Things your shoulders do for you might seem minor to you, but they play an essential role in your life. They help you to lift or carry weights, do your daily activities, or participate in your favourite sport. Your body makes it look easy, but deep inside, it’s a complicated process. Rotator cuffs play a pivotal role in that. In addition to protecting your shoulders, it allows you to make the most of your arm and shoulder movements.
The rotator cuff is not a single muscle; it’s a combination of four muscles attached to the shoulder joint. The humerus head fits into your shoulder blade socket, also called the scapula. While your arm is extended outward, the rotator cuff muscles prevent your arm bone from popping out of the socket.
All four muscles and the tendons attached to them form the rotator cuff, and they are responsible for various aspects of shoulder movement. All these muscles and tendons work together to help stabilize your shoulders.
Each of the four muscles that emerge from the shoulder blade can be remembered using the acronym “SITS”:
- Teres minor
This is the muscle responsible for movements away from your body’s centerline (abduction). The supraspinatus muscle can produce the initial 15° motion. Following that, your trapezius and deltoid muscle groups come into action. This stabilizes your upper arm and holds your humerus in place. It also helps you lift your arm.
It is the primary muscle that allows your arm’s lateral rotation, which is away from your body’s centerline. The muscle is thick and has a triangular shape. This is a layer of muscle behind your shoulder blade that lies deep beneath the skin and near the bone.
The name itself indicates it’s a small and narrow muscle located back of your shoulder blade just under the infraspinatus muscle. It also aids in your lateral (external) arm rotation.
This muscle is the largest and triangular-shaped muscle that is located under the other three muscles. This is the largest, strongest, and most frequently used rotator cuff muscle. It plays a major role in most of your shoulder motions, particularly in the medial rotation (moves your arm towards your midsection). The subscapularis muscle is attached to the front portion of your upper arm.
Common rotator cuff injuries
Rotator cuff problems are common among people with shoulder pain.
Injury to the rotator cuff can occur suddenly, for example, when you fall on your outstretched arm. However, you could also develop it gradually due to repetitive movements or progressive degeneration as you age.
Rotator cuff injuries can be classified as follows:
Rotator cuff tendinopathy – This is a mild rotator cuff injury that may develop due to overuse, trauma, repetitive movements, age-related degeneration, etc.
Shoulder Impingement – This develops when the upper end of the shoulder bone comes into contact with the bursa and tendon, causing rotator cuff irritation. Subacromial impingement syndrome (SAIS) is one of the common forms of shoulder disorder that causes pain.
Bursitis – The bursa which surrounds the rotator cuff may swell due to fluid accumulation. The swelling irritates the rotator cuff and damages it.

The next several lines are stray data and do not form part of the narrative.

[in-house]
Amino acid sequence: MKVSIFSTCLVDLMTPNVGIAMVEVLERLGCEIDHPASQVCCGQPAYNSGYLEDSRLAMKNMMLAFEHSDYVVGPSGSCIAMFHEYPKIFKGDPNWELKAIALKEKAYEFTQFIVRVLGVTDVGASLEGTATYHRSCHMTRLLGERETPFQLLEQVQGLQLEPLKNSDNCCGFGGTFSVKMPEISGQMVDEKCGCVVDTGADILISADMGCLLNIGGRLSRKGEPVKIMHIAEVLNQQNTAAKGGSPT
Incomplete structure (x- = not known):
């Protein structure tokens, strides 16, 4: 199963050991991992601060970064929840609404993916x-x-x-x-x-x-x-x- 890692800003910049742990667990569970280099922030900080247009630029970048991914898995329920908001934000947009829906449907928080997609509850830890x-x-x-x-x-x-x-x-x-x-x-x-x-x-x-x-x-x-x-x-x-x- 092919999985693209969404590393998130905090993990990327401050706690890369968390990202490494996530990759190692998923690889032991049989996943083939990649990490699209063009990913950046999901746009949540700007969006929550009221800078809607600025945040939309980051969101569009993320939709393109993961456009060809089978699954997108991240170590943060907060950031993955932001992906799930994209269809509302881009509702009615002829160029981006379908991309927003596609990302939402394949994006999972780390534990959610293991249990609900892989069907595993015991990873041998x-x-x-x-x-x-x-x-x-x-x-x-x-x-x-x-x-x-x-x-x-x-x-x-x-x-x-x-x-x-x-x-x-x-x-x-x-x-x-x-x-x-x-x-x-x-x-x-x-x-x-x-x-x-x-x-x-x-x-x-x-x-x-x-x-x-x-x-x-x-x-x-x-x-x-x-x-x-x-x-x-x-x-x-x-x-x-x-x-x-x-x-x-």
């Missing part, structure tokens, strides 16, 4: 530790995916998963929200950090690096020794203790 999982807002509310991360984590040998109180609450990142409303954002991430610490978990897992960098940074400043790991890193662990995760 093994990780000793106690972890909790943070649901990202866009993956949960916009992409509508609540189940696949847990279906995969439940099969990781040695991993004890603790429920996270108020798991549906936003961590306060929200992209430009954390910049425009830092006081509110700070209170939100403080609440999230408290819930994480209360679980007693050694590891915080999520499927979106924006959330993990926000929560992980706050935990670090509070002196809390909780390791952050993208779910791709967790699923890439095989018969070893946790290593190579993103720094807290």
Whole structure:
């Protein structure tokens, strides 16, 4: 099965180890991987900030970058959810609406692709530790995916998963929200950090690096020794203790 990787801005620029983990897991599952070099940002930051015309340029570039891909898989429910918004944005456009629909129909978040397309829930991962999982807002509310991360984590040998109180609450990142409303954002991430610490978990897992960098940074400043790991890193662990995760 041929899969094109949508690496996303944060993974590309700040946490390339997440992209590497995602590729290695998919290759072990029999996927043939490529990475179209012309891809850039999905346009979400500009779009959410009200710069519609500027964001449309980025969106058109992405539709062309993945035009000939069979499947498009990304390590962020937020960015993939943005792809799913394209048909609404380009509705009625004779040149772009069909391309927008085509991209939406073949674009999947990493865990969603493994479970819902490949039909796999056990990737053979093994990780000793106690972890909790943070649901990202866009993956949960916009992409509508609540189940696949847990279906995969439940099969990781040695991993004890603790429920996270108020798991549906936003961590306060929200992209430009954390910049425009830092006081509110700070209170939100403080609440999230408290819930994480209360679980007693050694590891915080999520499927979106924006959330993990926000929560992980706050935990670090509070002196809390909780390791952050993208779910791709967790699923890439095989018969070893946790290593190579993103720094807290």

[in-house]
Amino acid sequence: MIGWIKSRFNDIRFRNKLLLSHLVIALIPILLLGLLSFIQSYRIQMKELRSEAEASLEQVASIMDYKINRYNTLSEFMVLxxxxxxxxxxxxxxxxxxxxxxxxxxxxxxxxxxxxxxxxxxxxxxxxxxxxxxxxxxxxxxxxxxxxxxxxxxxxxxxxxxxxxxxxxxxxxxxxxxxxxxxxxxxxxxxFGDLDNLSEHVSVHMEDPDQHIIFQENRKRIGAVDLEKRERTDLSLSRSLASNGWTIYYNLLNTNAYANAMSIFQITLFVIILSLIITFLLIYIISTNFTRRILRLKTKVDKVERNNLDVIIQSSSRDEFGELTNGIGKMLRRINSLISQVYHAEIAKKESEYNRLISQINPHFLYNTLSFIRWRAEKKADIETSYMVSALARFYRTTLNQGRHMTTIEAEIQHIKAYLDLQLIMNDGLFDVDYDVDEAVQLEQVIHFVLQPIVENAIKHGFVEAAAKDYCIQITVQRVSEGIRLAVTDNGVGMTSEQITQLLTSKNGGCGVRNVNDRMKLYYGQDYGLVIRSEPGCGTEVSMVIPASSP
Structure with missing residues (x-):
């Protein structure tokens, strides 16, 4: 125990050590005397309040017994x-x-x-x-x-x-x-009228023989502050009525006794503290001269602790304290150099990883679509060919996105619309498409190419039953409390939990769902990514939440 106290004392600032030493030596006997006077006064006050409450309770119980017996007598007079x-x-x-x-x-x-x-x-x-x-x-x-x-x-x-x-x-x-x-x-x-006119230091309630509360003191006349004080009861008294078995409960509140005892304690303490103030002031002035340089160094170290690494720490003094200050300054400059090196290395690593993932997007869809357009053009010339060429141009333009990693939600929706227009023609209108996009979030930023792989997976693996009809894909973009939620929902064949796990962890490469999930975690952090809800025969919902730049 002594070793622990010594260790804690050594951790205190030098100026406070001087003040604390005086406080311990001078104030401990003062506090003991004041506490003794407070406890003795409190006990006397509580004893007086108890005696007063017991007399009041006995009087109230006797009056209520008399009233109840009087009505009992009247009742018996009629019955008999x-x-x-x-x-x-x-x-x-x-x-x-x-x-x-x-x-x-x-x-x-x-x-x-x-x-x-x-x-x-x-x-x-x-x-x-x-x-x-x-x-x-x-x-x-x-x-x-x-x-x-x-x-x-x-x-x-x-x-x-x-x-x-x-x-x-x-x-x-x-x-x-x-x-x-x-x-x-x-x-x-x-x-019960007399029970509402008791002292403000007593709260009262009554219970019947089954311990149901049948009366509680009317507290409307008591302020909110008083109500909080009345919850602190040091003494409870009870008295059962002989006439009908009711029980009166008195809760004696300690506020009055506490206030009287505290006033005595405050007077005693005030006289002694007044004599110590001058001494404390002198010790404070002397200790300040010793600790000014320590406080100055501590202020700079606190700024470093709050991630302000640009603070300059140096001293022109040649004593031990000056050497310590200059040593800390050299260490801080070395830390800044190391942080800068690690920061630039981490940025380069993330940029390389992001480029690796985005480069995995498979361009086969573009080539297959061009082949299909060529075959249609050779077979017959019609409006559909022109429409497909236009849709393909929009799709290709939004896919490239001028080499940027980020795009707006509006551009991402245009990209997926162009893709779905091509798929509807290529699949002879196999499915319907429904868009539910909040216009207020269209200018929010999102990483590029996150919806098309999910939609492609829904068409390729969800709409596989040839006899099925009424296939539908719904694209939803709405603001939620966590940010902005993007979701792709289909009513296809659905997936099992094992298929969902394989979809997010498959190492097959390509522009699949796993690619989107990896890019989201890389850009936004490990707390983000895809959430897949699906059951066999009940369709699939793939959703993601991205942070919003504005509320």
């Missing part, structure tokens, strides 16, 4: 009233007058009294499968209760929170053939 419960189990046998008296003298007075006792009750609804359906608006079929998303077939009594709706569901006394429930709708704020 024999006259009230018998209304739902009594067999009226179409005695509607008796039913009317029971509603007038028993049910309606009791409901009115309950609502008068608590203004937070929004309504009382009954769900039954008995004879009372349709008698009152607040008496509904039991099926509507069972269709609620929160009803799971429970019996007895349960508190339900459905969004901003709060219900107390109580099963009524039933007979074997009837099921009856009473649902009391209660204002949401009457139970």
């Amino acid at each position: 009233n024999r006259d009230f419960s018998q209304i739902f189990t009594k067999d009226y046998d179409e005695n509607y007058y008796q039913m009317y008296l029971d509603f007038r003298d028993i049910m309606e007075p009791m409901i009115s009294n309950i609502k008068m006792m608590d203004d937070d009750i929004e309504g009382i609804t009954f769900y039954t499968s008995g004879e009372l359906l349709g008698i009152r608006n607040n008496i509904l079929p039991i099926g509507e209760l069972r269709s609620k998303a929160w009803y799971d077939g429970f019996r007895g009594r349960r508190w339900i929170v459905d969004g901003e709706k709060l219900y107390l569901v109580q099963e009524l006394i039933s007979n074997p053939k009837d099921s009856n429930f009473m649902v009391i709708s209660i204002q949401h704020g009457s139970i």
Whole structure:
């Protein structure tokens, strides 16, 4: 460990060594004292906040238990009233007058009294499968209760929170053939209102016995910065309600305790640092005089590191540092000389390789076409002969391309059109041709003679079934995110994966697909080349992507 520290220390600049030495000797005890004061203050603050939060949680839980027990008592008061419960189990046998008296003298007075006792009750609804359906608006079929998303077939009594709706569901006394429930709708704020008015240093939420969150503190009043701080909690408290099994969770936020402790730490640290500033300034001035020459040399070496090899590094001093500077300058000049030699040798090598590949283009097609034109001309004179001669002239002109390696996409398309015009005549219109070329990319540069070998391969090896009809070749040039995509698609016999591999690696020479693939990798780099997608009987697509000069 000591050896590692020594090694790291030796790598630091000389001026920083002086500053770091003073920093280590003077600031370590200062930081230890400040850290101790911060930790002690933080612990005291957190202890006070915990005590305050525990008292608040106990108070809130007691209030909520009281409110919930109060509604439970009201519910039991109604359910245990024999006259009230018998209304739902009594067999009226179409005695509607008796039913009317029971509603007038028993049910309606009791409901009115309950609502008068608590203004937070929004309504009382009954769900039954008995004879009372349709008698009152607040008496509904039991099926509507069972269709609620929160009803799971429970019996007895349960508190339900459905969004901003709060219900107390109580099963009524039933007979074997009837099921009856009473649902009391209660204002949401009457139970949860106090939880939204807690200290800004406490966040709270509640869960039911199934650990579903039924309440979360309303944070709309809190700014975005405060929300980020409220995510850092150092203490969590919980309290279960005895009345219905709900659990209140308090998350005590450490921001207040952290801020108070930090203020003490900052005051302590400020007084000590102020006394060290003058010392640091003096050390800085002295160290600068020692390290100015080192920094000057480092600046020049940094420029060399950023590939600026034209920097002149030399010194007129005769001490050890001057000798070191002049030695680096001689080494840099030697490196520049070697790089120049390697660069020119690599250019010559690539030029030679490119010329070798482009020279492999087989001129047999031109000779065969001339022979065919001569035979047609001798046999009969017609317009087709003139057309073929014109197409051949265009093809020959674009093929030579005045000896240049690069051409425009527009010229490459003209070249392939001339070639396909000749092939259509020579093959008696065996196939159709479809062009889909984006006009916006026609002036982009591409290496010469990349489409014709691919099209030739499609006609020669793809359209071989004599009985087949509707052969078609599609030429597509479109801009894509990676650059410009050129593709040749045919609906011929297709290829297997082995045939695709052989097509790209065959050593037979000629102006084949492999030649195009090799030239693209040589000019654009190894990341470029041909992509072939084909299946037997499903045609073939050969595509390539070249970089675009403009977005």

Partially torn rotator cuff tendons – There might be damage to the tendon, but the tissue is not detached from the bone.
Full-thickness tears. There will be complete separation of the tendon from the bone. It usually results from chronic degeneration.
Bone spurs – Typically, they develop from the shoulder bone rubbing against the rotator cuff tendons. An injury to the rotator cuff may not always result from bone spurs.
Treatment for rotator cuff injury
Depending on the type of damage, you will require different treatments for rotator cuff injuries. However, doctors typically prescribe conservative treatment for rotator cuff injuries.
Nonsurgical treatment for rotator cuff injuries:
Rest, icing, and elevating the damaged area are the first line of treatment options for mild to moderate rotator cuff damage. Nonsteroidal anti-inflammatory drugs (NSAIDs) and over-the-counter (OTC) medication. Strengthening exercises and stretching are also suggested.
The conservative treatment for rotator cuff tears is effective enough in 73 to 80% of cases, even in full-thickness tears. It typically takes people four to six months to regain strength and range of motion in their shoulder.
Surgical treatment for rotator cuff tears
Your doctor may recommend surgery if your symptoms persist or worsen. Surgery may also be recommended if you have severe shoulder trauma
Talk to the surgeon and choose the type of surgery that will work best for your injury. Options include:
- Open surgery
- Arthroscopic surgery
- MINI-open surgery
The recovery time after surgery varies according to the severity of the trauma and the procedure type. Most people recover within months after surgery, but in some cases, recovery may take as long as a year or more. For more detailed information, call +91 99595 88389 and book an appointment to talk to the leading shoulder surgeon in Hyderabad, Dr Chandra Sekhar, MBBS, MS ORTHOPEDICS.